How often do I need to test for corrosion and/or MIC?
The 2017 edition of the National Fire Protection Association (NFPA 25) “Standard for the Inspection, Testing, and Maintenance of Water-Based Fire Protection Systems,” addresses the requirements for investigating possible corrosion and other possible pipe obstructions in water based systems in Chapter 14, Internal Piping Condition and Obstruction Investigation. NFPA standards can be purchased and viewed online at http://www.nfpa.org/codes-and-standards. Note the minimum required inspection frequency for internal pipe conditions is 5 years but can be extended provided a risk assessment is performed. Also, note that the code does require that microbiologically influenced corrosion (MIC) be tested for should any investigation find tubercles or slime.
How do I deal with corrosion in my system?
NFPA 13 “Standard for the Installation of Sprinkler Systems” does not allow the use of additives or chemicals to stop leaks according to Chapter 4 General requirements under Section 4.4 except for the use of biocides and other chemicals approved for the prevention and mitigation of MIC as long as they do not impact the performance of the fire sprinkler system (A.4.4). Nitrogen or other approved gas is allowed in sprinkler systems where air is used to charge, maintain, or supervise the system according to Section 4.5.
For more information about corrosion and how it specifically impacts fire sprinkler systems, FM Global published the Property Loss Prevention Data Sheet 2-1 in October of 2016 titled, “Corrosion in Automatic Sprinkler Systems.” This document is available for free at www.fmglobal.com/research-and-resources/fm-global-data-sheets. The data sheet provides recommendations for the prevention and control of corrosion in fire sprinkler systems as well as background information on various issues. MIC, for example, is addressed in Section 3.7 where they talk about the chemistry of MIC, how responsible it is for corrosion issues, and how to deal with it. Specifically, FM Global states, “In many cases, the presence of MIC-related bacteria may exert some influence on corrosion in fire protection systems, but not as a major contributor. Therefore, it is necessary to evaluate all corrosion parameters before determining the causes of corrosion.” They discuss the need to evaluate chemical, microbiological, metallurgical, and operational data to get a true picture of what is going on. Also, note in Section 3.7.5 that “chemical treatment to mitigate MIC is not recommended.” Replacement of affected piping sections is recommended.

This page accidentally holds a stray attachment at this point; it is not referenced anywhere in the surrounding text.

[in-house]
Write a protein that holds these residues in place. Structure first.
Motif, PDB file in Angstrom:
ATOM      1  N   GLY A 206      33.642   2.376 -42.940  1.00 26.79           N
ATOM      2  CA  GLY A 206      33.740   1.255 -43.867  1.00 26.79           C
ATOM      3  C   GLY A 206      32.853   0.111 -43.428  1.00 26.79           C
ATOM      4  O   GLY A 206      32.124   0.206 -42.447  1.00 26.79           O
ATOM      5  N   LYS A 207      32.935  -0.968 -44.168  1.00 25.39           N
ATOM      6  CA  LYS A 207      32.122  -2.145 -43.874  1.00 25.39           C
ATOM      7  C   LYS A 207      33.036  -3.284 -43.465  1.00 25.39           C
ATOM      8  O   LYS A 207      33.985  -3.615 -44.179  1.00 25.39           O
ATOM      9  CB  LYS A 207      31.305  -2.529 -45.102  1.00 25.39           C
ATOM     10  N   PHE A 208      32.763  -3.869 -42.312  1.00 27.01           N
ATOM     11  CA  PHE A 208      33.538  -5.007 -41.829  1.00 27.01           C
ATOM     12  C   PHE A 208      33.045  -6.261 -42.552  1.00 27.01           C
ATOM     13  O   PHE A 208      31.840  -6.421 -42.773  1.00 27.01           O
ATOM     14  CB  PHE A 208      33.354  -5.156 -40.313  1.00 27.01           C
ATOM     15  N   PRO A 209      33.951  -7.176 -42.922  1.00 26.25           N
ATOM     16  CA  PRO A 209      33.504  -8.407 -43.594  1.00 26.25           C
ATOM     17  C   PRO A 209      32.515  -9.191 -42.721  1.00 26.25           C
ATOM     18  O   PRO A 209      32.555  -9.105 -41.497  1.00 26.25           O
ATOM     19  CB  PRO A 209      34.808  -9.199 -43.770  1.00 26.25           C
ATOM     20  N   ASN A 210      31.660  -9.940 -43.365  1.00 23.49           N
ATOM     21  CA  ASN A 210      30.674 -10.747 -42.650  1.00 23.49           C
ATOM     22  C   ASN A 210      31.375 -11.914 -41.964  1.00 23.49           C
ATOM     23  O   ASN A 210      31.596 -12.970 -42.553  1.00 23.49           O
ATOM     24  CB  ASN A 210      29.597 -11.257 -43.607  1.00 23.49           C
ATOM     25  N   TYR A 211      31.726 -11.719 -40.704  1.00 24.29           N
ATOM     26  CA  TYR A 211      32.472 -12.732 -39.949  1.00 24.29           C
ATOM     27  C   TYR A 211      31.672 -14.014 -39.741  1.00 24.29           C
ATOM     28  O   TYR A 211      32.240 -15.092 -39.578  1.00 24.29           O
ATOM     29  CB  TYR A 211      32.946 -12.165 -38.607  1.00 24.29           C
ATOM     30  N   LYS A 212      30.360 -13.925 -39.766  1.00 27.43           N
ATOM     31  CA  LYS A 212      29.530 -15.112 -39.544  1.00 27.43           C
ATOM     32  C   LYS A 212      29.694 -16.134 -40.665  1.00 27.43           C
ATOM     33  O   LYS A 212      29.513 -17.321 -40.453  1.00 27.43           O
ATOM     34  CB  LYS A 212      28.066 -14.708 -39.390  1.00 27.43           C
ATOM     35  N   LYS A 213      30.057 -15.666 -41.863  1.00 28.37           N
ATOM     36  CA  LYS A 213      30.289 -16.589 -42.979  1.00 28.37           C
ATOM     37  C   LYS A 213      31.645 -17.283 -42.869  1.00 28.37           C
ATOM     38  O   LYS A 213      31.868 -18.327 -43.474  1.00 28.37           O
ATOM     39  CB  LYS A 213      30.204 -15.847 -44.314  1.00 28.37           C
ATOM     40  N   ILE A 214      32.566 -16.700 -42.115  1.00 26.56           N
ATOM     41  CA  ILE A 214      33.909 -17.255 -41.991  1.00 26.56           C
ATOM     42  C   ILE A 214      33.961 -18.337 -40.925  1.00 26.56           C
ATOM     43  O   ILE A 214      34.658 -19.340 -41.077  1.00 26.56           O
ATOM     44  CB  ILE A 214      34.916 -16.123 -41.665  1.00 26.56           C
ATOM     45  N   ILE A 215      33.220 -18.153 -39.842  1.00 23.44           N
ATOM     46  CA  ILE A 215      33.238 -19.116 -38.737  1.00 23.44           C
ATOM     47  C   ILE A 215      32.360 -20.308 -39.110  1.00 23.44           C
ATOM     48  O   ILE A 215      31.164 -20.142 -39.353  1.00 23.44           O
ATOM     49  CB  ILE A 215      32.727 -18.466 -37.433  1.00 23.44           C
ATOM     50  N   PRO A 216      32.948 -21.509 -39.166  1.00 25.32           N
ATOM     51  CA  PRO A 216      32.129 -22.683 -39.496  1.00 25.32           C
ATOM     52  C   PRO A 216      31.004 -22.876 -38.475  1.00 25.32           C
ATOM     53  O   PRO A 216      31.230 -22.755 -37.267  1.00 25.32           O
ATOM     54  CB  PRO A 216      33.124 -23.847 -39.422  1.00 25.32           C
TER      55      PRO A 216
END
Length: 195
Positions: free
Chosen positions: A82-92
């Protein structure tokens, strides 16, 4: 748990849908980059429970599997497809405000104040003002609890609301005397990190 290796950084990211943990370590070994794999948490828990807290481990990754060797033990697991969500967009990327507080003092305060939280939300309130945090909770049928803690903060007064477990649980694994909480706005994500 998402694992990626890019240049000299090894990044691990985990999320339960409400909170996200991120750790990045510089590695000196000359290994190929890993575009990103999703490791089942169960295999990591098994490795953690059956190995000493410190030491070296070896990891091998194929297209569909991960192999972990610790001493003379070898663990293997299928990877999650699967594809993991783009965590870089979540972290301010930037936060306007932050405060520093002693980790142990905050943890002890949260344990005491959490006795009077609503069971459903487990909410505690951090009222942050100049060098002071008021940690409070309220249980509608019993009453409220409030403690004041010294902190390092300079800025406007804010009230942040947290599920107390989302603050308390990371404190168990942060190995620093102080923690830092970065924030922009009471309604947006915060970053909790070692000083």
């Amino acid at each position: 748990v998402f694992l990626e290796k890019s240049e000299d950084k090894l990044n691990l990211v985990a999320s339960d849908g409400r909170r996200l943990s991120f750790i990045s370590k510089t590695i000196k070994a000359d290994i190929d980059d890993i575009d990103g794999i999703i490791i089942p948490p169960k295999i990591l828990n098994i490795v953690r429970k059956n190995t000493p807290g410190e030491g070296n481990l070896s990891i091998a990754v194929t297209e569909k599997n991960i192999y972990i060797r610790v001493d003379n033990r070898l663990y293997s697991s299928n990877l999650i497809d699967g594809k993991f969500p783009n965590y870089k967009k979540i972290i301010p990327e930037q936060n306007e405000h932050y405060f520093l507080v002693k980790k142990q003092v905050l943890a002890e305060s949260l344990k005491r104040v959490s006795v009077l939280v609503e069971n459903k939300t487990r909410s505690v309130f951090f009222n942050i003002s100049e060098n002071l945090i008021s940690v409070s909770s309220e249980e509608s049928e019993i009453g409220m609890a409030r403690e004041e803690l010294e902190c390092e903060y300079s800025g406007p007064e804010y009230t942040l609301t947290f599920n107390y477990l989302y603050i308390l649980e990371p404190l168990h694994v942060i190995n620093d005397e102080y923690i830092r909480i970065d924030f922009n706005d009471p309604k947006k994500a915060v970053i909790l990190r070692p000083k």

More publications on corrosion in fire sprinkler systems are available online through governing bodies as well as commercial entities. Presentations at conventions such as NFPA, AFSA, and NFSA are also great sources of information. It is important to stay up to date with the latest information since evaluation and treatment methods can change as our understanding of how these systems are affected by corrosion and react to treatment methods increases.
What companies can help me with my corrosion issues?
Dyne currently does not offer any corrosion assessment services. There are a variety of other companies, however, that can specifically help with your corrosion issues including the following:
Does Dyne recommend any of these laboratories?
Dyne does not currently recommend any particular corrosion assessment company. We do suggest you review the information on corrosion and MIC before making a decision as companies can have different approaches to assessing and dealing with your specific issue. The use of nitrogen versus chemical treatments specifically can vary from company to company.
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